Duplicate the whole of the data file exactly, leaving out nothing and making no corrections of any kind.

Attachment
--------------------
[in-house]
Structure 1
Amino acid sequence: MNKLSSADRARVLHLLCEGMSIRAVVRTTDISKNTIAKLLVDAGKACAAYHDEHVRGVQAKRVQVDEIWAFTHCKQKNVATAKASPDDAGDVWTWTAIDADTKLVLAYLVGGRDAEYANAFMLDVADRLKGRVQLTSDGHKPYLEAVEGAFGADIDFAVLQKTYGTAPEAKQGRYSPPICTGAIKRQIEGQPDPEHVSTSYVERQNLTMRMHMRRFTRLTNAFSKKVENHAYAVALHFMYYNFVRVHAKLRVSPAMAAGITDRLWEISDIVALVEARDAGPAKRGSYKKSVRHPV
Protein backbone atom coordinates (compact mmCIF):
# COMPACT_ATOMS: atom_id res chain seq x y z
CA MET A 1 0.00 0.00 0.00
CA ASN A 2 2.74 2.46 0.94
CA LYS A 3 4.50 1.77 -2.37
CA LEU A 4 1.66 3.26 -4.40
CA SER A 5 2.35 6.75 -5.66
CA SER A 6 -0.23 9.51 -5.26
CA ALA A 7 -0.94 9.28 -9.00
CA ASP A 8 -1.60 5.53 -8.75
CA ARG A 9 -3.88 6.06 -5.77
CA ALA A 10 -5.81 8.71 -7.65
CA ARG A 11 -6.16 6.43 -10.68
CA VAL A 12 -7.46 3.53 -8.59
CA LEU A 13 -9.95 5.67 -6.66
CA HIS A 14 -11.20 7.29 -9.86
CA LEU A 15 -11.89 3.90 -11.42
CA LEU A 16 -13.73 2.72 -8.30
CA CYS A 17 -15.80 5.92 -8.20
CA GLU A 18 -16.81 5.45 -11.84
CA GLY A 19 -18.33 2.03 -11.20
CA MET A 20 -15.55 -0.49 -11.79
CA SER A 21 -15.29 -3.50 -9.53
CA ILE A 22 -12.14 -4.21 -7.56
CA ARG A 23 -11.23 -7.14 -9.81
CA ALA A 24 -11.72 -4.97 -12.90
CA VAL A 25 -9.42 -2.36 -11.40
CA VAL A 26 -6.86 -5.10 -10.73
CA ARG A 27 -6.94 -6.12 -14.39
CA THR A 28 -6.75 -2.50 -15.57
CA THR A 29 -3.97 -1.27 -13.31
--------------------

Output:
[in-house]
Structure 1
Amino acid sequence: MNKLSSADRARVLHLLCEGMSIRAVVRTTDISKNTIAKLLVDAGKACAAYHDEHVRGVQAKRVQVDEIWAFTHCKQKNVATAKASPDDAGDVWTWTAIDADTKLVLAYLVGGRDAEYANAFMLDVADRLKGRVQLTSDGHKPYLEAVEGAFGADIDFAVLQKTYGTAPEAKQGRYSPPICTGAIKRQIEGQPDPEHVSTSYVERQNLTMRMHMRRFTRLTNAFSKKVENHAYAVALHFMYYNFVRVHAKLRVSPAMAAGITDRLWEISDIVALVEARDAGPAKRGSYKKSVRHPV
Protein backbone atom coordinates (compact mmCIF):
# COMPACT_ATOMS: atom_id res chain seq x y z
CA MET A 1 0.00 0.00 0.00
CA ASN A 2 2.74 2.46 0.94
CA LYS A 3 4.50 1.77 -2.37
CA LEU A 4 1.66 3.26 -4.40
CA SER A 5 2.35 6.75 -5.66
CA SER A 6 -0.23 9.51 -5.26
CA ALA A 7 -0.94 9.28 -9.00
CA ASP A 8 -1.60 5.53 -8.75
CA ARG A 9 -3.88 6.06 -5.77
CA ALA A 10 -5.81 8.71 -7.65
CA ARG A 11 -6.16 6.43 -10.68
CA VAL A 12 -7.46 3.53 -8.59
CA LEU A 13 -9.95 5.67 -6.66
CA HIS A 14 -11.20 7.29 -9.86
CA LEU A 15 -11.89 3.90 -11.42
CA LEU A 16 -13.73 2.72 -8.30
CA CYS A 17 -15.80 5.92 -8.20
CA GLU A 18 -16.81 5.45 -11.84
CA GLY A 19 -18.33 2.03 -11.20
CA MET A 20 -15.55 -0.49 -11.79
CA SER A 21 -15.29 -3.50 -9.53
CA ILE A 22 -12.14 -4.21 -7.56
CA ARG A 23 -11.23 -7.14 -9.81
CA ALA A 24 -11.72 -4.97 -12.90
CA VAL A 25 -9.42 -2.36 -11.40
CA VAL A 26 -6.86 -5.10 -10.73
CA ARG A 27 -6.94 -6.12 -14.39
CA THR A 28 -6.75 -2.50 -15.57
CA THR A 29 -3.97 -1.27 -13.31